When a mechanical car issue happens suddenly while you are driving on the road and if your vehicle becomes undrivable, it can be important to call a tow truck to remove a vehicle from the road. Some drivers fail to do so, choosing to leave their vehicles abandoned on the road, which can be dangerous for all drivers. When you’re driving on a road or highway, it can be a bit of a surprise if you find a vehicle left unattended that you suddenly have to maneuver around.

A recent news article revealed the dangers of abandoned vehicles left on the road. According to the news article, charges have been filed against a man who is accused of leaving his tow truck on the interstate in North Dakota due to a later crash involving the abandoned vehicle. The 43-year-old-man has been charged with negligent homicide in the death of a 43-year-old woman, in addition to reckless endangerment, driving under suspension and driving without liability insurance. The driver of the tow truck experienced a mechanical issue and stopped in the right lane of the interstate. He then proceeded to get a ride from someone else and left his tow truck where it had stopped. Unfortunately, the 43-year-old woman crashed into the tow truck, and the impact killed her. In addition, her two children were severely injured in the crash.

Throughout the country, truck companies are increasingly exploring the use of autonomous trucks in order to increase profits and decrease reliance on drivers. As a result, autonomous truck accidents in Maryland will likely become more common as a greater number of these vehicles hit the road. As autonomous truck accidents in Maryland increase, the fault of drivers in such accidents will also begin to evolve. The addition of autonomous driving software to trucks fundamentally changes the role and concept of the driver. While autonomous trucks currently often have safety drivers, people in the cab monitoring the artificial intelligence driving the truck autonomously, leading autonomous truck development companies have increasingly used completely driverless trucks on the roads. In December of 2021, a truck completed an 80-mile trip in Arizona on public roads.

Given the increasing risk of being involved in an autonomous truck accident, drivers should be aware that this could fundamentally impact how fault is determined in Maryland truck accidents. Currently, Maryland uses contributory negligence in truck accident cases, which can dramatically impact a victim’s recovery if they are at fault. The introduction of autonomous trucks to the road may change that process. A recent news article discussed an autonomous truck accident that occurred in April 2022.

According to the news article, the accident occurred when an autonomous truck suddenly veered left, cutting across the I-10 highway and smashing into a concrete barricade. At the time, there was a driver and an engineer on board, and the company blamed human error. However, regulatory disclosures and internal documents reveal that there may have been issues with the autonomous software operating the vehicle at the time. An internal report on the incident, states that the truck veered suddenly because the person operating the vehicle did not properly reboot the system before engaging the autonomous driving function, causing it to execute an outdated command. In this case, the truck engaged in a left-turn command that had been made 2 ½ minutes prior, resulting in the accident.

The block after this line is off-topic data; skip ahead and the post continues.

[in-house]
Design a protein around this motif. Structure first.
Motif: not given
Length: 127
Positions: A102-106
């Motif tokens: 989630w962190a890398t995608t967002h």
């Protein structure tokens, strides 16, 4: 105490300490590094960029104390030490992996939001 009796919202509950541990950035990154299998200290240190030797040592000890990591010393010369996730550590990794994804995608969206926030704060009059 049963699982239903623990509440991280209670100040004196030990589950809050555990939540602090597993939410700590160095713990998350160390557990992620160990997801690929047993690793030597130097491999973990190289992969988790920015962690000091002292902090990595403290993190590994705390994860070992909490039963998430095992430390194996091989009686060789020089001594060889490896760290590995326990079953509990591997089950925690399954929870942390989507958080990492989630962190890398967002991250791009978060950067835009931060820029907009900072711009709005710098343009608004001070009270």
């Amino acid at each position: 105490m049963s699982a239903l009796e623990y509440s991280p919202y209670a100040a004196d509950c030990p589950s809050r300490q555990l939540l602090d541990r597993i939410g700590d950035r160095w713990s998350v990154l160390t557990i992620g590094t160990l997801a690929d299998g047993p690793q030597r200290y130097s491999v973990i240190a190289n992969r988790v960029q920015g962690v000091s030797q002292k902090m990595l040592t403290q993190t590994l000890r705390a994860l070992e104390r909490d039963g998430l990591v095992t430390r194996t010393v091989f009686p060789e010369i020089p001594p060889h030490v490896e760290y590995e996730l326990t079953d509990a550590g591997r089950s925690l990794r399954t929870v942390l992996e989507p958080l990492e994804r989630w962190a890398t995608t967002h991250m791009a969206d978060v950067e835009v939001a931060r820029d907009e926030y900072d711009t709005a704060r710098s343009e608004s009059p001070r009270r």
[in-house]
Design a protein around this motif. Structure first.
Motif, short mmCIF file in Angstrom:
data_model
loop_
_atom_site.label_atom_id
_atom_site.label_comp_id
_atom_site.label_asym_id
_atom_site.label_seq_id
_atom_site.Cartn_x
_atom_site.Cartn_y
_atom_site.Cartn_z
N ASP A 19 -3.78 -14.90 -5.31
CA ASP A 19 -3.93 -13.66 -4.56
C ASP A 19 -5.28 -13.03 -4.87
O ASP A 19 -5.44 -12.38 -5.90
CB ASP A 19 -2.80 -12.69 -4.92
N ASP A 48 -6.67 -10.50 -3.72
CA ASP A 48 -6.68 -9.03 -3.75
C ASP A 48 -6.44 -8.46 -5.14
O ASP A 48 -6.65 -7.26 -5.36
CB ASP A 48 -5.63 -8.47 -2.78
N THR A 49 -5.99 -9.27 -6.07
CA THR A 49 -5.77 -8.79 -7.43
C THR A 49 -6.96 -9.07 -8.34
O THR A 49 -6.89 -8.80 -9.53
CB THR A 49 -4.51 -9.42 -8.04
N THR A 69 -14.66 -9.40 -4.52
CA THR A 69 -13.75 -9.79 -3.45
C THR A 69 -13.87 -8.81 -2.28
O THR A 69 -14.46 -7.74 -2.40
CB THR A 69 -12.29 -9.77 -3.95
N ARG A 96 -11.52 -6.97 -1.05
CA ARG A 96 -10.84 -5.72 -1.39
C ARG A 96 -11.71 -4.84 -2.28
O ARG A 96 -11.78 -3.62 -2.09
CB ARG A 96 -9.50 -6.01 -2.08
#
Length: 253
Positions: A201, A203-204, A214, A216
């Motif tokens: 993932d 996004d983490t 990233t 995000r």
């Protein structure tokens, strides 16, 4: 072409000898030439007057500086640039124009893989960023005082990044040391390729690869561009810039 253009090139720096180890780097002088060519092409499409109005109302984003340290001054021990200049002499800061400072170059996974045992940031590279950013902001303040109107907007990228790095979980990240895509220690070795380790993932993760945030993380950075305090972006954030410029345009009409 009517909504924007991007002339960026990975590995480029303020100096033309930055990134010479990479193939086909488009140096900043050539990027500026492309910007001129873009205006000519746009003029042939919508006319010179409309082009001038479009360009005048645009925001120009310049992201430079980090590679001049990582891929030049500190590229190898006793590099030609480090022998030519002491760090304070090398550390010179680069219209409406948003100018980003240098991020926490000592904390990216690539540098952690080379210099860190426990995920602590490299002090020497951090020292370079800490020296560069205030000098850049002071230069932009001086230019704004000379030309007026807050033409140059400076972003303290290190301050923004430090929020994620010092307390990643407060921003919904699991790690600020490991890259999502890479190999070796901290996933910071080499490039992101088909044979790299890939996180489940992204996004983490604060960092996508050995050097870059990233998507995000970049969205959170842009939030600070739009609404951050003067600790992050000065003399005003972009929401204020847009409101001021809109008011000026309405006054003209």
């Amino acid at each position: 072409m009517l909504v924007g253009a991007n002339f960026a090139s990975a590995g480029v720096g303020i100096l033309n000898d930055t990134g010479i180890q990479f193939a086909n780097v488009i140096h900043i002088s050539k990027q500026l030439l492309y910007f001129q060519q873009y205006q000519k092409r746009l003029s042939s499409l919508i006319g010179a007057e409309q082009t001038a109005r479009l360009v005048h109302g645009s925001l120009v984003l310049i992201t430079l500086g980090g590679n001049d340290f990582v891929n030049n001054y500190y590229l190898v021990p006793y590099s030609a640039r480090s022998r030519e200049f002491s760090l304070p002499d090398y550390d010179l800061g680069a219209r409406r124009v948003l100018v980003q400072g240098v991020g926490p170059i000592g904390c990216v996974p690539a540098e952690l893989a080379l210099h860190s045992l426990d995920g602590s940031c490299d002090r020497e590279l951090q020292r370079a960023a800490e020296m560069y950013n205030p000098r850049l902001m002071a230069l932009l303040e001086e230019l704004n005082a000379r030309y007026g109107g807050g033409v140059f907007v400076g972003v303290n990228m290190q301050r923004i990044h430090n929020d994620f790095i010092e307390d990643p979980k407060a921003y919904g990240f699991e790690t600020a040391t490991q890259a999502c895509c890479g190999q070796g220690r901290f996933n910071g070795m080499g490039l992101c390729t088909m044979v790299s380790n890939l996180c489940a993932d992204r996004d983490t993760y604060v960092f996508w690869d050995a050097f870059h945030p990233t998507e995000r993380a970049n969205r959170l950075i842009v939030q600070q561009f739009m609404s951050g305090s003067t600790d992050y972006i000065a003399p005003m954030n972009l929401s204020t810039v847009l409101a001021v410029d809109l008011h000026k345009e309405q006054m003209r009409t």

Every year, about two percent of motor vehicle collision deaths are attributed to bicyclists. These bicyclists often share the road with larger vehicles, including heavy trucks like commercial trucks and dump trucks. Despite the relative size of these vehicles on the road, heavy truck drivers still owe bicyclists all the care and consideration when driving that they owe other, larger forms of transportation like passenger cars. Even so, truck drivers often forget to look for smaller vehicles and bicycles when sharing the road. This can be particularly devastating in the event of a collision because of the relative sizes of vehicles and the protections they afford. If this lack of care causes an accident, it may lead to a personal injury lawsuit.

According to a recent report, a bicyclist died of crash-related injuries 10 hours after they were struck by a dump truck driver. Witnesses to the scene say the driver and bicyclist were traveling side by side when the truck took a left, hitting the bicyclist. One witness said the truck driver wasn’t looking before turning, leading to the bicyclist’s death. The accident remains under investigation, and police have not determined who is liable for the accident.

Responsible drivers owe each other the bare minimum of looking before making a turn. Bike lanes often run next to traffic, meaning drivers should be aware of the possibility of a bicyclist riding next to them, especially when trying to turn. In Maryland, drivers, including truck drivers, are responsible for using reasonable care when operating a vehicle, including truck drivers. When truck drivers breach this duty of care, the victim or the victim’s family could bring a personal injury claim.

Sometimes, no matter how diligent we are on the road, things beyond our control may take place and result in devastating consequences. Despite being a careful, proactive, and alert driver, it is often impossible to control the actions of others. Factors outside of our control that may cause an accident are often exacerbated when the accident involves a large commercial vehicle or truck. Thus, Maryland drivers should understand the distinctions between accidents involving commercial trucks and regular trucks or SUVs before proceeding with their legal claims.